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Erin O'Connor has a doctorate in Human Development and Psychology from the Harvard Graduate School of Education. She is an Associate Professor and Program Leader for Early Childhood Education and Human Development at New York University. O'Connor’s research examines relationships with mothers and teachers and the impacts of these relationships on children's development. She also conducts randomized control trials of relationship-building interventions on the development of children from low-income families and neighborhoods. Her work is supported by grants from institutions including the Institute for Education Sciences. She is a member of the American Educational Research Association, American Psychological Association, and Society for Research in Child Development.

Elise Cappella is an Associate Professor of Applied Psychology at NYU Steinhardt, and Director of NYU’s Institute of Human Development and Social Change. She is co-PI of NYU’s Institute of Education Sciences Predoctoral Interdisciplinary Research Training Fellowship dedicated to training the next generation of education scientists. Dr. Cappella’s work focuses on understanding and promoting students’ mental health and academic achievement in low-income, urban school and afterschool settings. With support from federal and foundation grants, she uses efficacy trials, mixed method designs, and social network analysis to study teaching practices, peer relationships, and school contexts that influence development. Dr. Cappella received her doctorate in Psychology from the University of California, Berkeley, and her bachelor’s in History from Yale University.

Sandee McClowry is a professor in Counseling and Teaching & Learning at New York University. Dr. McClowry received her doctorate in family nursing theory from the University of California, San Francisco. She has conducted multiple school-based research studies on children's temperament, family interactions, and classroom management. She is the developer of INSIGHTS into Children's Temperament and was the principal investigator of three clinical trials that tested its efficacy. Dr. McClowry has published extensively on her research in a variety of multidisciplinary journals, is the author of Temperament-Based Elementary Classroom Management and Your Child’s Unique Temperament. She is currently a co-principal investigator of the current IES funded study that is examining the long-term impact of INSIGHTS.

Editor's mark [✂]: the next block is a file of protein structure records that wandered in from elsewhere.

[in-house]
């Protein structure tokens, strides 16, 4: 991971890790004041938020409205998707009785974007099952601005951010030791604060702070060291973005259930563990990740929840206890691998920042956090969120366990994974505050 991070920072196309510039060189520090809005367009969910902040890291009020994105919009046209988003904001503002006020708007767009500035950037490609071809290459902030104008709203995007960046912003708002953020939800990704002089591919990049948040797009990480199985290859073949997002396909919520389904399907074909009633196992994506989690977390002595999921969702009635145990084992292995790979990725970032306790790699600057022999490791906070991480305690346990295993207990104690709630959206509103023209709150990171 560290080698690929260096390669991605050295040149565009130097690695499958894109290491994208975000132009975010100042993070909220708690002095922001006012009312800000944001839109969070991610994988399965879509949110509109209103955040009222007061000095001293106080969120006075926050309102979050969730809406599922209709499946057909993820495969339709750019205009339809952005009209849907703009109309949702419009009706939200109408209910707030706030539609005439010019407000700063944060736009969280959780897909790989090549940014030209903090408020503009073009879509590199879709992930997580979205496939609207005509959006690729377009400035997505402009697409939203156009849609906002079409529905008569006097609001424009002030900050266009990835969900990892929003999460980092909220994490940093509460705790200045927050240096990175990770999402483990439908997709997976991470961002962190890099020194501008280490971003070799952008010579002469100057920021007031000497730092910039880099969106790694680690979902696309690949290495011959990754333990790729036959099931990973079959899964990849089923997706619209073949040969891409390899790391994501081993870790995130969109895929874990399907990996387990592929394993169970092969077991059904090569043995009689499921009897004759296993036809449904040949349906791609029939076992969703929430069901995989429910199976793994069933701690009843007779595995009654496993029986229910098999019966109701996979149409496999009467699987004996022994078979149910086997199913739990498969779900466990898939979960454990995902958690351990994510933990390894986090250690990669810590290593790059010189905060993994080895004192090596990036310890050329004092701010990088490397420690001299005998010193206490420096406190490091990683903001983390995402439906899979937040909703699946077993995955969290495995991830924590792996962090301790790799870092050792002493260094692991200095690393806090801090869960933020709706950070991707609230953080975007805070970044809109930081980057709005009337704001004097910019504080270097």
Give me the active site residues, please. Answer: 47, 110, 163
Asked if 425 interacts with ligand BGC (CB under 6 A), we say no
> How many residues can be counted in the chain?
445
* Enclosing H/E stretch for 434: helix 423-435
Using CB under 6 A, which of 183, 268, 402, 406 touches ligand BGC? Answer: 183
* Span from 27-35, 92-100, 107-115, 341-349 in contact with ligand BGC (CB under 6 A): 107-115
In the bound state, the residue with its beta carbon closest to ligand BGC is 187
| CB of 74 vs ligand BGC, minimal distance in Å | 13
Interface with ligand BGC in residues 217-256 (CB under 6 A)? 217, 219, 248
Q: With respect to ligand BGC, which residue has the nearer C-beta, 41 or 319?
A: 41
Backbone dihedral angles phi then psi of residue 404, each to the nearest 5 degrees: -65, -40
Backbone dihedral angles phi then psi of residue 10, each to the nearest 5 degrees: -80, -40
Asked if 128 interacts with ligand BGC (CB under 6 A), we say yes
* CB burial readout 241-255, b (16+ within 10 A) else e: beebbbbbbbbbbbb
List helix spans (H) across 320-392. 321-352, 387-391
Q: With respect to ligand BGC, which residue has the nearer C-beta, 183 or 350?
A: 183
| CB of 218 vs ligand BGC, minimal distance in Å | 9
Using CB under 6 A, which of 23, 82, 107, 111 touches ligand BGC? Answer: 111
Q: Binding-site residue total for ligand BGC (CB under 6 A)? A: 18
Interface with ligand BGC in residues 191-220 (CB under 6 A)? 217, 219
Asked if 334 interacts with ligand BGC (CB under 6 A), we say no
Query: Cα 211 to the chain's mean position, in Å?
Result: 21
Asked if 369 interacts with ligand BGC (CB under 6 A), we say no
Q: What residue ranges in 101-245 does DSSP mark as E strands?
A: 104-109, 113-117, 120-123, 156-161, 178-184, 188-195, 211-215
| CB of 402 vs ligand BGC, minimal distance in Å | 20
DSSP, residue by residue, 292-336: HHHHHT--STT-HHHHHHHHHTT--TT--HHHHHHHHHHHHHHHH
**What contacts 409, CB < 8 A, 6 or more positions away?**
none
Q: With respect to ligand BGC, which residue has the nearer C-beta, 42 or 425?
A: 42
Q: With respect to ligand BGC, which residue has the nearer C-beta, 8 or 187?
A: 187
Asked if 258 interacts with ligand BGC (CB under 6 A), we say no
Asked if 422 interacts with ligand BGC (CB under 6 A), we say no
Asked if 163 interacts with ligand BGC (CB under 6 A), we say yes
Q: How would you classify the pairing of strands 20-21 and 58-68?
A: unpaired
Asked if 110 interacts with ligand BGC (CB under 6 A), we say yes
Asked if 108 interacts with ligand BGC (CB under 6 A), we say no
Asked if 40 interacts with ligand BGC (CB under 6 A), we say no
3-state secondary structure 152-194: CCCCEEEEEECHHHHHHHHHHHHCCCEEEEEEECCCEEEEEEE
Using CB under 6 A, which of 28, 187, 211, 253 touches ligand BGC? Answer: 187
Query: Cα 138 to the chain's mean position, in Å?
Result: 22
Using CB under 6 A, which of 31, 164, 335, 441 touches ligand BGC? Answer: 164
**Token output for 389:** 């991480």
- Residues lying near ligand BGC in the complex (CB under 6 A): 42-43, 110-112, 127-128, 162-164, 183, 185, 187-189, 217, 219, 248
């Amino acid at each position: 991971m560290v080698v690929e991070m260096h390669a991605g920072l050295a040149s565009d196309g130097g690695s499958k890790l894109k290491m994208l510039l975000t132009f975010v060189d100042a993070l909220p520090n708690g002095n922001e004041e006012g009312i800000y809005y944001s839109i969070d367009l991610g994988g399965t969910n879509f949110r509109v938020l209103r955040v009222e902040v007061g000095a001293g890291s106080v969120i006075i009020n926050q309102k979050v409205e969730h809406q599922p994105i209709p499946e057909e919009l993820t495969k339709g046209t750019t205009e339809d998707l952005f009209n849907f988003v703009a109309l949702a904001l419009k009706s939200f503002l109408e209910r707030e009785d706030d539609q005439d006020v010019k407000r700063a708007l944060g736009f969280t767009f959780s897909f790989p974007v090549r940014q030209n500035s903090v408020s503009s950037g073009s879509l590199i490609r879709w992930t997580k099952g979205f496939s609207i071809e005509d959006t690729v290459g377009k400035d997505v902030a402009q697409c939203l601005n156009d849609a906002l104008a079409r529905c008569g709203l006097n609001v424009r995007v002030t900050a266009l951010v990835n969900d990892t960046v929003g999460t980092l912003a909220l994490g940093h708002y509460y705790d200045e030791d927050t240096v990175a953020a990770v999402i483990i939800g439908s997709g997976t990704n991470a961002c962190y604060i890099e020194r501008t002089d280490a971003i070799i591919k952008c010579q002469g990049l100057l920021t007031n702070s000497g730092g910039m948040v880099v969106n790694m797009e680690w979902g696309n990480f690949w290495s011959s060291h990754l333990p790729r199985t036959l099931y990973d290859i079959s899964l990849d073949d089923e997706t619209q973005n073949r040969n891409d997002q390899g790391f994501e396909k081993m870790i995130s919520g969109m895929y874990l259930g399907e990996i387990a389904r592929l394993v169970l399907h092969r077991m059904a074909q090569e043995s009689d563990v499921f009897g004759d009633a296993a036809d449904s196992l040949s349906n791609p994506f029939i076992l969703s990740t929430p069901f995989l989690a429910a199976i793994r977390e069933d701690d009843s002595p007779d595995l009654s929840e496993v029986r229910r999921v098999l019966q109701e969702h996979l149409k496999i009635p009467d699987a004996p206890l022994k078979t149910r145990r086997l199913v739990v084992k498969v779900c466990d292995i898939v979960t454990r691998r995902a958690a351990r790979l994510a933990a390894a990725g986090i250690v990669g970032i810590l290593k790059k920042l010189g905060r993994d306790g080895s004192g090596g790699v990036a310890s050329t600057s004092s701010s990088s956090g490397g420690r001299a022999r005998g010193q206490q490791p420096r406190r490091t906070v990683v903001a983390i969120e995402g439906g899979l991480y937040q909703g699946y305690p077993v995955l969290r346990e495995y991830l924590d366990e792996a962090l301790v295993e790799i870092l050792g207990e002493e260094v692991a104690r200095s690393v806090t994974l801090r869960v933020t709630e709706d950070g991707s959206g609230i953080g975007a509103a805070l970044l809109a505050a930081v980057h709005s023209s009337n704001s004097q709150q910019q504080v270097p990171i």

Meghan McCormick is a Research Associate at MDRC and a Co-PI on the INSIGHTS Follow-up Study. McCormick’s research uses experimental and quasi-experimental approaches to estimate the impacts of school- and center-based programs and policies on low-income children’s academic, behavioral, social, and emotional outcomes. McCormick received her PhD in applied psychology and quantitative methods from New York University in 2015, where she was an Institute of Education Sciences Predoctoral Fellow and a National Academy of Education/Spencer Dissertation Fellow. In 2016, she was awarded the IES Outstanding Predoctoral Fellow Award for her early career research. McCormick holds an AB in public affairs from Princeton University’s Woodrow Wilson School.

Hope White is a project coordinator on the NYU INSIGHTS Follow-Up Team and serves as the team's Data Manager. She holds a Bachelor of Science with Honors in Applied Psychology from New York University. During her time at NYU, she completed an honor's thesis examining the combined influence of parenting and pubertal timing on Disruptive Behavior Problems in adolescent girls under the mentorship of Dr. Shabnam Javdani. In 2016, Hope received the NYU President's Service Award for leadership in the Department of Applied Psychology, the John W. Withers Memorial Award, and was the inaugural recipient of the Mary Brabeck Scholarship.

Samantha Harding is a project coordinator for the INSIGHTS Follow-Up Study. She received her BS in Applied Psychology from New York University, where she completed her undergraduate honors thesis under the mentorship of Dr. Elise Cappella. In 2016, she was awarded the Outstanding Research Contribution Award by NYU’s Department of Applied Psychology for her research on the power of relationships in afterschool to shape the development of youth who face risk due to urban poverty. She is currently the lead project manager for participant recruitment, as well as a primary liaison among the INSIGHTS project families and schools.